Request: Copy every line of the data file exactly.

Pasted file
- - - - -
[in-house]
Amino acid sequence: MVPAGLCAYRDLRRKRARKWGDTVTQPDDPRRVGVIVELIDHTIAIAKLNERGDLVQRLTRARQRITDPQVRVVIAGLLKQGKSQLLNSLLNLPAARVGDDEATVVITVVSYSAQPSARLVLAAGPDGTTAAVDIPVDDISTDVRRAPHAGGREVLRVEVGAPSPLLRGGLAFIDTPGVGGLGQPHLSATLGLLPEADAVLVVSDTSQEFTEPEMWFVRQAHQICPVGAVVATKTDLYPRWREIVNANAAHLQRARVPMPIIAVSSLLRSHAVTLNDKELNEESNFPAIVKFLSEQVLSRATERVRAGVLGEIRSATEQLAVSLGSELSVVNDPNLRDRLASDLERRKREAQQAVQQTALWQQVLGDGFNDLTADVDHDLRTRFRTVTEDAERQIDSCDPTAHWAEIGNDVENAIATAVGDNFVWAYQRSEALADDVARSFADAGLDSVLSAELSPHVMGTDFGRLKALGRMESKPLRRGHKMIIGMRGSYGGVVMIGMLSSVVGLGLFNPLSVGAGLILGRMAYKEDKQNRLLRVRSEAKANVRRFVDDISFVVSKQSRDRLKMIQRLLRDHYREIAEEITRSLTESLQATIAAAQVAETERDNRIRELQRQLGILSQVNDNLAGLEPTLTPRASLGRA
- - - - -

[in-house]
Amino acid sequence: MVPAGLCAYRDLRRKRARKWGDTVTQPDDPRRVGVIVELIDHTIAIAKLNERGDLVQRLTRARQRITDPQVRVVIAGLLKQGKSQLLNSLLNLPAARVGDDEATVVITVVSYSAQPSARLVLAAGPDGTTAAVDIPVDDISTDVRRAPHAGGREVLRVEVGAPSPLLRGGLAFIDTPGVGGLGQPHLSATLGLLPEADAVLVVSDTSQEFTEPEMWFVRQAHQICPVGAVVATKTDLYPRWREIVNANAAHLQRARVPMPIIAVSSLLRSHAVTLNDKELNEESNFPAIVKFLSEQVLSRATERVRAGVLGEIRSATEQLAVSLGSELSVVNDPNLRDRLASDLERRKREAQQAVQQTALWQQVLGDGFNDLTADVDHDLRTRFRTVTEDAERQIDSCDPTAHWAEIGNDVENAIATAVGDNFVWAYQRSEALADDVARSFADAGLDSVLSAELSPHVMGTDFGRLKALGRMESKPLRRGHKMIIGMRGSYGGVVMIGMLSSVVGLGLFNPLSVGAGLILGRMAYKEDKQNRLLRVRSEAKANVRRFVDDISFVVSKQSRDRLKMIQRLLRDHYREIAEEITRSLTESLQATIAAAQVAETERDNRIRELQRQLGILSQVNDNLAGLEPTLTPRASLGRA